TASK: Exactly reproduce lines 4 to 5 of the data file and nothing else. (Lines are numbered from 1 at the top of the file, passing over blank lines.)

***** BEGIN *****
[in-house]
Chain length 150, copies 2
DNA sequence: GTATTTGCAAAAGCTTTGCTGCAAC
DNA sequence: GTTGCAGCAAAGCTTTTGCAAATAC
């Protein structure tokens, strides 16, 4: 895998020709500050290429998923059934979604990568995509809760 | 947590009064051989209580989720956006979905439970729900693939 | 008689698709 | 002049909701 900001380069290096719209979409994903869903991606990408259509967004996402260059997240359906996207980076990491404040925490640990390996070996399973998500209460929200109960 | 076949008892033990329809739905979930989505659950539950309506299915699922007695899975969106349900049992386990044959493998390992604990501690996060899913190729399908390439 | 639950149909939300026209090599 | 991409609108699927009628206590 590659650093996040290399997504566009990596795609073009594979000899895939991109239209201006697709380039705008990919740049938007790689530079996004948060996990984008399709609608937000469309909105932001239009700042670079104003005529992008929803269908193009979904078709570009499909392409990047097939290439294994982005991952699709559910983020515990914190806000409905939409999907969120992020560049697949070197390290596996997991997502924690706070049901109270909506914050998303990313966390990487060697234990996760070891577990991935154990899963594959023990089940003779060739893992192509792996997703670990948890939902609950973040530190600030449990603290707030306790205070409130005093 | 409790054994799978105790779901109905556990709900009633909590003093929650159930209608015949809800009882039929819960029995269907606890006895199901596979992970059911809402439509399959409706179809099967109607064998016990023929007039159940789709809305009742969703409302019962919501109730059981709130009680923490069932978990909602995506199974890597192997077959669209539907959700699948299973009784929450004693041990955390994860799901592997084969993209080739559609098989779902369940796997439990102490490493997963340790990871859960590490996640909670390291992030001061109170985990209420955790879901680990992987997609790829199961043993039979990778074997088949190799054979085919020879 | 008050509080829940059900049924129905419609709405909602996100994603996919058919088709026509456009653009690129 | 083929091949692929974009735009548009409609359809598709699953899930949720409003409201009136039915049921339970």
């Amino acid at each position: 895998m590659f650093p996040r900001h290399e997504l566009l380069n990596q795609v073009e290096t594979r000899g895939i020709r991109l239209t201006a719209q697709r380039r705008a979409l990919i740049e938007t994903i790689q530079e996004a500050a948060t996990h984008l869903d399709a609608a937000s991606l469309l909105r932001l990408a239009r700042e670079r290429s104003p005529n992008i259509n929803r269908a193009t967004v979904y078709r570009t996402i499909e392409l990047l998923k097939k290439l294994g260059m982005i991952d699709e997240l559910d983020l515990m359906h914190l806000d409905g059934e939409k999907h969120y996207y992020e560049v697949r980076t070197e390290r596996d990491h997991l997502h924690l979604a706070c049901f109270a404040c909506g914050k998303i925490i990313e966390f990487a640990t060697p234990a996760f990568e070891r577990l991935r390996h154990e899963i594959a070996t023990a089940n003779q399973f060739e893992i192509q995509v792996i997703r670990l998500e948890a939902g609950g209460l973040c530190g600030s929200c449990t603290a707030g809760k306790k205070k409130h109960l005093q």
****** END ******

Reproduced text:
DNA sequence: GTTGCAGCAAAGCTTTTGCAAATAC
């Protein structure tokens, strides 16, 4: 895998020709500050290429998923059934979604990568995509809760 | 947590009064051989209580989720956006979905439970729900693939 | 008689698709 | 002049909701 900001380069290096719209979409994903869903991606990408259509967004996402260059997240359906996207980076990491404040925490640990390996070996399973998500209460929200109960 | 076949008892033990329809739905979930989505659950539950309506299915699922007695899975969106349900049992386990044959493998390992604990501690996060899913190729399908390439 | 639950149909939300026209090599 | 991409609108699927009628206590 590659650093996040290399997504566009990596795609073009594979000899895939991109239209201006697709380039705008990919740049938007790689530079996004948060996990984008399709609608937000469309909105932001239009700042670079104003005529992008929803269908193009979904078709570009499909392409990047097939290439294994982005991952699709559910983020515990914190806000409905939409999907969120992020560049697949070197390290596996997991997502924690706070049901109270909506914050998303990313966390990487060697234990996760070891577990991935154990899963594959023990089940003779060739893992192509792996997703670990948890939902609950973040530190600030449990603290707030306790205070409130005093 | 409790054994799978105790779901109905556990709900009633909590003093929650159930209608015949809800009882039929819960029995269907606890006895199901596979992970059911809402439509399959409706179809099967109607064998016990023929007039159940789709809305009742969703409302019962919501109730059981709130009680923490069932978990909602995506199974890597192997077959669209539907959700699948299973009784929450004693041990955390994860799901592997084969993209080739559609098989779902369940796997439990102490490493997963340790990871859960590490996640909670390291992030001061109170985990209420955790879901680990992987997609790829199961043993039979990778074997088949190799054979085919020879 | 008050509080829940059900049924129905419609709405909602996100994603996919058919088709026509456009653009690129 | 083929091949692929974009735009548009409609359809598709699953899930949720409003409201009136039915049921339970």